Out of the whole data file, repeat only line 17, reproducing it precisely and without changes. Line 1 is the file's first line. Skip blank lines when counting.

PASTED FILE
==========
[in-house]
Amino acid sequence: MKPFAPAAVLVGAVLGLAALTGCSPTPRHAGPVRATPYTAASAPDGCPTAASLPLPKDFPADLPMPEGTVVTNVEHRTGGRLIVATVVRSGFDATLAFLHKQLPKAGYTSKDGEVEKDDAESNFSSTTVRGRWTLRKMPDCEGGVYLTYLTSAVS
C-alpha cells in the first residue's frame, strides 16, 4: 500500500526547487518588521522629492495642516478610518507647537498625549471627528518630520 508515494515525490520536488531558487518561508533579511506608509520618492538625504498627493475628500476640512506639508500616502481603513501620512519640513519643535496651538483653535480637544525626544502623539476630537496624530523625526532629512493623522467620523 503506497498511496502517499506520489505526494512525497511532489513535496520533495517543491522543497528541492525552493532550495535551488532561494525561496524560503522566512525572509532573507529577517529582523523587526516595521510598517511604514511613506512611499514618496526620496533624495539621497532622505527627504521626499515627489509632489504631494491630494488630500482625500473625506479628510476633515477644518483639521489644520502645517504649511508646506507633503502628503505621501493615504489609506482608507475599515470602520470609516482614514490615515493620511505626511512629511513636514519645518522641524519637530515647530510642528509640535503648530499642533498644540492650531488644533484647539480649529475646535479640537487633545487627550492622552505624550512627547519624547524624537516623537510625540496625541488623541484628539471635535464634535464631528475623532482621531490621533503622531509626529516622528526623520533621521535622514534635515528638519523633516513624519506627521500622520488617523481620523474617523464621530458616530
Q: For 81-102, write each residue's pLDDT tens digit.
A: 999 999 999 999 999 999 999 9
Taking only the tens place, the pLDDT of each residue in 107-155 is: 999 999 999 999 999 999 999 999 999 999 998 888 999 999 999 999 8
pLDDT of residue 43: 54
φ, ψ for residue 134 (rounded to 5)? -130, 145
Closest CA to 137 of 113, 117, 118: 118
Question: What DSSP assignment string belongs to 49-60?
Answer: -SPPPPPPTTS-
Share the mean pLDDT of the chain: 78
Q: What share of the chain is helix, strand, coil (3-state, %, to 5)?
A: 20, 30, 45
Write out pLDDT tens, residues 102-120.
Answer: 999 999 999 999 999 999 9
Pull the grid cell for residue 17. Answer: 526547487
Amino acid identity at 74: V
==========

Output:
Pull the grid cell for residue 17. Answer: 526547487